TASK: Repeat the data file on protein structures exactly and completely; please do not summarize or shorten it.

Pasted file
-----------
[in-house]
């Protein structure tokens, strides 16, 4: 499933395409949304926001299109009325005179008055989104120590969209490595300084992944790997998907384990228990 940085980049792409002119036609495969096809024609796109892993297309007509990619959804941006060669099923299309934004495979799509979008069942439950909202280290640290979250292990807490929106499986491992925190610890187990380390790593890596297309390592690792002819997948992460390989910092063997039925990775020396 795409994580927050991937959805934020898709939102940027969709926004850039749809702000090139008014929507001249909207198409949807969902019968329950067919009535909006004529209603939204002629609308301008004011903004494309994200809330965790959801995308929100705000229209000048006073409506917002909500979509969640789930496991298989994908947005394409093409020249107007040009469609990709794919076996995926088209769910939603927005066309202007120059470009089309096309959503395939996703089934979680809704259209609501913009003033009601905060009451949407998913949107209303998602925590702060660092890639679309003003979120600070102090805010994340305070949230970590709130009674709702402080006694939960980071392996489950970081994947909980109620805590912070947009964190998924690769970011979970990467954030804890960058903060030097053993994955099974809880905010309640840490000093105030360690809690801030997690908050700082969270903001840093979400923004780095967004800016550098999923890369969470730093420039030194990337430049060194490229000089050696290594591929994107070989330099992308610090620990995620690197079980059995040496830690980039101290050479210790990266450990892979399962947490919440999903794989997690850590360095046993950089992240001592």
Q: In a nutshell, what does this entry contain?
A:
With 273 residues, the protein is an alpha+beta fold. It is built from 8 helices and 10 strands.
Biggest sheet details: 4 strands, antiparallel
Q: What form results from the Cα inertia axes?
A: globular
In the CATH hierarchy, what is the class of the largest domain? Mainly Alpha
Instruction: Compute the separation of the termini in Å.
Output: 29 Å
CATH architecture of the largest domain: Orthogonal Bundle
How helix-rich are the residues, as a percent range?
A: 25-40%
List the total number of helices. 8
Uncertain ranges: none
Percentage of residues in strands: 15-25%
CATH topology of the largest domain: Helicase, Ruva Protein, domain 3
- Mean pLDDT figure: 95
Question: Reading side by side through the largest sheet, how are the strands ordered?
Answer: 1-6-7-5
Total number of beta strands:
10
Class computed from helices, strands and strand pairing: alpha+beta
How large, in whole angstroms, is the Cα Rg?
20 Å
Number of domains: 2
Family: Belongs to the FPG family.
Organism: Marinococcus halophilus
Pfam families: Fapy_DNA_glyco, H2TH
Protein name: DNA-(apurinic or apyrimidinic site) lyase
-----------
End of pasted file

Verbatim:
[in-house]
């Protein structure tokens, strides 16, 4: 499933395409949304926001299109009325005179008055989104120590969209490595300084992944790997998907384990228990 940085980049792409002119036609495969096809024609796109892993297309007509990619959804941006060669099923299309934004495979799509979008069942439950909202280290640290979250292990807490929106499986491992925190610890187990380390790593890596297309390592690792002819997948992460390989910092063997039925990775020396 795409994580927050991937959805934020898709939102940027969709926004850039749809702000090139008014929507001249909207198409949807969902019968329950067919009535909006004529209603939204002629609308301008004011903004494309994200809330965790959801995308929100705000229209000048006073409506917002909500979509969640789930496991298989994908947005394409093409020249107007040009469609990709794919076996995926088209769910939603927005066309202007120059470009089309096309959503395939996703089934979680809704259209609501913009003033009601905060009451949407998913949107209303998602925590702060660092890639679309003003979120600070102090805010994340305070949230970590709130009674709702402080006694939960980071392996489950970081994947909980109620805590912070947009964190998924690769970011979970990467954030804890960058903060030097053993994955099974809880905010309640840490000093105030360690809690801030997690908050700082969270903001840093979400923004780095967004800016550098999923890369969470730093420039030194990337430049060194490229000089050696290594591929994107070989330099992308610090620990995620690197079980059995040496830690980039101290050479210790990266450990892979399962947490919440999903794989997690850590360095046993950089992240001592």
Q: In a nutshell, what does this entry contain?
A:
With 273 residues, the protein is an alpha+beta fold. It is built from 8 helices and 10 strands.
Biggest sheet details: 4 strands, antiparallel
Q: What form results from the Cα inertia axes?
A: globular
In the CATH hierarchy, what is the class of the largest domain? Mainly Alpha
Instruction: Compute the separation of the termini in Å.
Output: 29 Å
CATH architecture of the largest domain: Orthogonal Bundle
How helix-rich are the residues, as a percent range?
A: 25-40%
List the total number of helices. 8
Uncertain ranges: none
Percentage of residues in strands: 15-25%
CATH topology of the largest domain: Helicase, Ruva Protein, domain 3
- Mean pLDDT figure: 95
Question: Reading side by side through the largest sheet, how are the strands ordered?
Answer: 1-6-7-5
Total number of beta strands:
10
Class computed from helices, strands and strand pairing: alpha+beta
How large, in whole angstroms, is the Cα Rg?
20 Å
Number of domains: 2
Family: Belongs to the FPG family.
Organism: Marinococcus halophilus
Pfam families: Fapy_DNA_glyco, H2TH
Protein name: DNA-(apurinic or apyrimidinic site) lyase